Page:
2020 marks a crucial milestone in Lithuania’s wild animal protection history—on September 24th, the country has become the 19th state in the European Union to impose restrictions on wild animal use in circuses. Brigita Kymantaitė, the founder of Animal protection and advocacy Organization of Lithuania (GATO) states that the organization’s 10-year efforts to fight wildlife exploitation will further be placed on its newest manifesto commitments—released in September, the public declaration is focused on animal captivity conditions in Lithuanian zoos and the need to strengthen public education about animal exploitation.
During 10 years of dedicated work to end wildlife exploitation in Lithuania, GATO has already achieved several milestones—the organization has put an end to 30 years of wild animal abuse at local “Ąžuolynas Bear Circus,” and up to this day actively relocates exploited wild animals to sanctuaries in other countries.
Last month marked yet another important achievement—the newest amendment of the country’s Wildlife Act now fully cancels the possibility for circuses to use animals for human entertainment. The law enters into force on November 1, 2021.
The Wildlife Act amendment, however, at the moment does not forbid the use of wild animals in zoos and Lithuania’s dolphinarium. Thus as a further response, GATO has begun activities to stop the common practice of exploitation of wild animals for entertainment in these institutions too.
Established in 2010, the organization made its first job to rescue a chimpanzee that had been held captive in the basement of “Ąžuolynas Bear Circus” for over 6 years. After 7 months of legal procedures, Regina, a 19-year-old chimpanzee, was finally moved to the “AAP” shelter in the Netherlands.
“Ten years ago we set a firm goal to legally ban the exploitation of wild animals in circuses, zoos, and roadside cafes. We have made it clear that Lithuania cannot consider itself as a civilized country until the demand for wildlife use in entertainment ends,” says Kymantaitė, the founder of GATO. “When wild animals are presented as objects of amusement, it highly affects the society’s attitude towards the conservation of wildlife in its natural habitat. The notion that these are also living beings with their own natural purpose and behavior get easily distorted and exploitation is accepted as the norm.”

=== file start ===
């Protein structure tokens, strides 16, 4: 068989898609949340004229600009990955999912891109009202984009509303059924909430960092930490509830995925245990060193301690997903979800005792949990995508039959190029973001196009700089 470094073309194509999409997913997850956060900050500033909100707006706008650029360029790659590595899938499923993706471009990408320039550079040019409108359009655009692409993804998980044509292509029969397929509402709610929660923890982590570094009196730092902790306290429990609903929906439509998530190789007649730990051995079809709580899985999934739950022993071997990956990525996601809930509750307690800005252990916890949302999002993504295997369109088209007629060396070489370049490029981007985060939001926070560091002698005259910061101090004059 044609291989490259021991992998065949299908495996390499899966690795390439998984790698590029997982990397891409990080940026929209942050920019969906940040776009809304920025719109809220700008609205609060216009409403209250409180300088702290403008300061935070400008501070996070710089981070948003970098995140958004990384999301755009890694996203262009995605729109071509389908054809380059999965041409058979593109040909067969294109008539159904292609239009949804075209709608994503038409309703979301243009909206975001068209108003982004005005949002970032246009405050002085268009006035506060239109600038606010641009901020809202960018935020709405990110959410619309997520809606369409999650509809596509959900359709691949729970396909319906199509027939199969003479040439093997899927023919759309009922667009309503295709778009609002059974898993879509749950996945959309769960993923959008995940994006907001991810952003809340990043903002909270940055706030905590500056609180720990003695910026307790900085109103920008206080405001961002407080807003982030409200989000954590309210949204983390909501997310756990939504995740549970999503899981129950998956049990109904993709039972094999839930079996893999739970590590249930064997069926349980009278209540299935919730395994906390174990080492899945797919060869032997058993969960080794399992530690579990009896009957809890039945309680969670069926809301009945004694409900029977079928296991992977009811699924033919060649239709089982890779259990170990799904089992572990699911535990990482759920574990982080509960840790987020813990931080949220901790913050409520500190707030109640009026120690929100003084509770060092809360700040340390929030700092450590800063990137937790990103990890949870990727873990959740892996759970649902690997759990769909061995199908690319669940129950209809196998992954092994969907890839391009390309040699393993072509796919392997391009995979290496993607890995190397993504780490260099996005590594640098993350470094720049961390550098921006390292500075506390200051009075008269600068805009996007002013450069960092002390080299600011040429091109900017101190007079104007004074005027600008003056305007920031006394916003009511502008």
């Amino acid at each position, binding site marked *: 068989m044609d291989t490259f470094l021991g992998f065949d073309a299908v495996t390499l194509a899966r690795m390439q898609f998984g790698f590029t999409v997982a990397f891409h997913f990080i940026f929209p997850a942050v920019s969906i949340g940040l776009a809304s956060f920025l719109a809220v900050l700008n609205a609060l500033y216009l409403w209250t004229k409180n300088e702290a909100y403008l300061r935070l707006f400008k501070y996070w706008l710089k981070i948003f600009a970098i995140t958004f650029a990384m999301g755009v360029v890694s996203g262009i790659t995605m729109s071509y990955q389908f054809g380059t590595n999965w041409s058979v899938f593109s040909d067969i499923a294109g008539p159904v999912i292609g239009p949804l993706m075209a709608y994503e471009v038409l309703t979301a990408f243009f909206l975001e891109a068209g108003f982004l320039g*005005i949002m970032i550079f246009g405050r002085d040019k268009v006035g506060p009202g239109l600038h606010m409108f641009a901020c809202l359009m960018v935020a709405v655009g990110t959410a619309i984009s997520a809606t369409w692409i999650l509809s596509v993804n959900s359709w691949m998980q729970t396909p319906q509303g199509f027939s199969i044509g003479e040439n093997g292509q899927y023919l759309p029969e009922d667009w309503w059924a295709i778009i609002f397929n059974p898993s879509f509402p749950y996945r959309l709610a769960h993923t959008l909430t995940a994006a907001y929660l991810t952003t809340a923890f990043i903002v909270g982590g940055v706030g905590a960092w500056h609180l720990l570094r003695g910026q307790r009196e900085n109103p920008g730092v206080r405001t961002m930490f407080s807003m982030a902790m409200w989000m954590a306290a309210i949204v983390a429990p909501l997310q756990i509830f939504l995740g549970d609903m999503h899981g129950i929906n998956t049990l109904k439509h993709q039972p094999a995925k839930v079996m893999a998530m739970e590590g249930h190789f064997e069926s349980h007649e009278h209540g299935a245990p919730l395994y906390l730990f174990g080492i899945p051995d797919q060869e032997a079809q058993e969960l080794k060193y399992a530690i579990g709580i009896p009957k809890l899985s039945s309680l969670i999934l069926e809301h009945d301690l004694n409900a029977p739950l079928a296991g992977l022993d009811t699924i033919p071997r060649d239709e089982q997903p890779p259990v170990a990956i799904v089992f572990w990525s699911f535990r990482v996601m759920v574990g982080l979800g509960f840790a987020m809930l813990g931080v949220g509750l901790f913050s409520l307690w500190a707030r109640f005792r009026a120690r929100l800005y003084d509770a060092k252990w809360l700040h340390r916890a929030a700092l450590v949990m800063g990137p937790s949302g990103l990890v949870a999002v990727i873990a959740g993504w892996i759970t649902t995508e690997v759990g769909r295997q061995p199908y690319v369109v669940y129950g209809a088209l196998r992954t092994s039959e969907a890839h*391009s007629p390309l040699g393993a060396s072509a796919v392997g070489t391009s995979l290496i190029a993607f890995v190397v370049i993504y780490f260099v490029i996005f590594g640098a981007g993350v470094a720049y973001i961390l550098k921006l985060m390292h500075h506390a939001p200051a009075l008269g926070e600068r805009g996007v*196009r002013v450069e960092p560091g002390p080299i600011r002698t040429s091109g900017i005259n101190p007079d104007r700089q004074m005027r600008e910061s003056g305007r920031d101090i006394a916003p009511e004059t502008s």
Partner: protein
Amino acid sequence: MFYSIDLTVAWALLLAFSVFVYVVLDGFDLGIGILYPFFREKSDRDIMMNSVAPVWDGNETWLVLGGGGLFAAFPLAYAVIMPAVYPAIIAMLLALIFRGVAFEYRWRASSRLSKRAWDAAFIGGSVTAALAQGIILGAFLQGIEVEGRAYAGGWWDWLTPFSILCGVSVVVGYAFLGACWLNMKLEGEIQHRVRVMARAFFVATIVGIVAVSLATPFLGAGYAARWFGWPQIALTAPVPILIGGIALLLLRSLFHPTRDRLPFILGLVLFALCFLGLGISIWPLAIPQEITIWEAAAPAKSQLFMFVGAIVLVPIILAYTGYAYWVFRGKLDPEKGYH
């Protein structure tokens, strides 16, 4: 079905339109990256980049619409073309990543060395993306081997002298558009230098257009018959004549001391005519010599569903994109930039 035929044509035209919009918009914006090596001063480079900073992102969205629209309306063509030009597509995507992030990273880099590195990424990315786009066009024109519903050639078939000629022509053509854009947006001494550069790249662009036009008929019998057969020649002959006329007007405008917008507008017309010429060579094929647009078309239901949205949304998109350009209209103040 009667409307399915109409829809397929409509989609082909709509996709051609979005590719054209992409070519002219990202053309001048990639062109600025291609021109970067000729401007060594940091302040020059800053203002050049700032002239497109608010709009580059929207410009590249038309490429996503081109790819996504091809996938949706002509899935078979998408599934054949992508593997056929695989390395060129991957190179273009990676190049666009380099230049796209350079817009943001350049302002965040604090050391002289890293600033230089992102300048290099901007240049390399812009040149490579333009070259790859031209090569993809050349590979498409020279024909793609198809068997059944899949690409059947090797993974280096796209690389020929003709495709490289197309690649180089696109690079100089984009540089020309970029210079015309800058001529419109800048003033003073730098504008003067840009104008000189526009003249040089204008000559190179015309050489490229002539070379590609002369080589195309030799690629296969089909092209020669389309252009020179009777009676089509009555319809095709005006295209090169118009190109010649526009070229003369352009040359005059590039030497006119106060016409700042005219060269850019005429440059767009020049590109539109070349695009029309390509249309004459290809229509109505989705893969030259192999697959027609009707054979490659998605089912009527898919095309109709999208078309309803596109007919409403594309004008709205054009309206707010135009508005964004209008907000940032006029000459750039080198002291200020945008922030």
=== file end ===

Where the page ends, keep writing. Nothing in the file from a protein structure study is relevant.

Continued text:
The current law amendment introduced a concept of a circus, defining it as a traveling exhibition or fair that includes one
or more animals (according to the European Commission Regulation no. 1739/2005). But wild animals still can be used for performance only in places where they are kept and bred permanently and thus do not change their location on a regular basis. Educational traveling exhibitions will remain an exception if they are in line with the state-regulated animal safety.
“Although the updated law definition leaves space for exceptions, we do feel confident that Lithuania will at least no longer have any circus performances with wild animals involved. GATO organization has already managed to put a stop to one of the oldest local animal circuses, “Ąžuolynas Bear Circus,” and just recently we have relocated the last wild animal from this circus—brown bear named Vipas—to the bear reserve “Gnadenhof für Bären” in Germany,” says Kymantaitė. “There are no more local circuses in the country operating under the same principles, and due to the newest law amendments, such institutions will no longer be able legally to acquire wild animal species, wich is commonly are used by circuses”
Wild animal use in entertainment is not only a sensitive animal welfare issue but also an important concern for public safety. Wild animals are unpredictable, so being in their unnatural environment can inflict danger on both, the animal itself and the visitors seeking entertainment. Following the newest analysis, over the last 22 years in the European circus industry, more than 300 dangerous incidents that involved a wild animal have been recorded, more than 80 people were injured and 11 were killed.
According to Kymantaitė, the consequences of wildlife in entertainment have been seen in Lithuania more than once—one of such incidents occurred in 2008 when a wild bear escaped the “Ąžuolynas Bear Circus” and seriously injured the zoo caretaker. The aggressive animal severely injured the woman’s scalp, tearing off part of its hair and skin, and left deep wounds on her hands. Just a few months ago, a tiger held captive in the “Zoopark” at Kalvarijos municipality bit a woman’s finger off.
“In order to ensure the safety of both wild animals and the public, we have devoted all our time, resources, and financing to gather valid information and evidence about illegal circus activities and the harm they cause to animals. This has allowed us to organize meetings with representatives of the Parliament of Lithuania as well as other responsible institutions, also to carry out initiatives to confiscate the animals from circuses and safely relocate them to the dedicated reserves. We have felt the support of the public all this time, therefore we believe that further invitation to sign a manifesto against the exploitation of wild animals in zoos will help to successfully achieve our next goals,” says Kymantaitė.
In response to the rapid growth of wild animals held in captivity in Lithuania, GATO has published the manifesto LithuaniaWithoutZOO to prevent the exploitation of wildlife for entertainment in zoos and demand a clear national wildlife protection strategy. The manifesto points out an outdated zoo model in the country and encourages to replace it with national animal reserves, giving priority to the conservation of Lithuania’s own endangered fauna.
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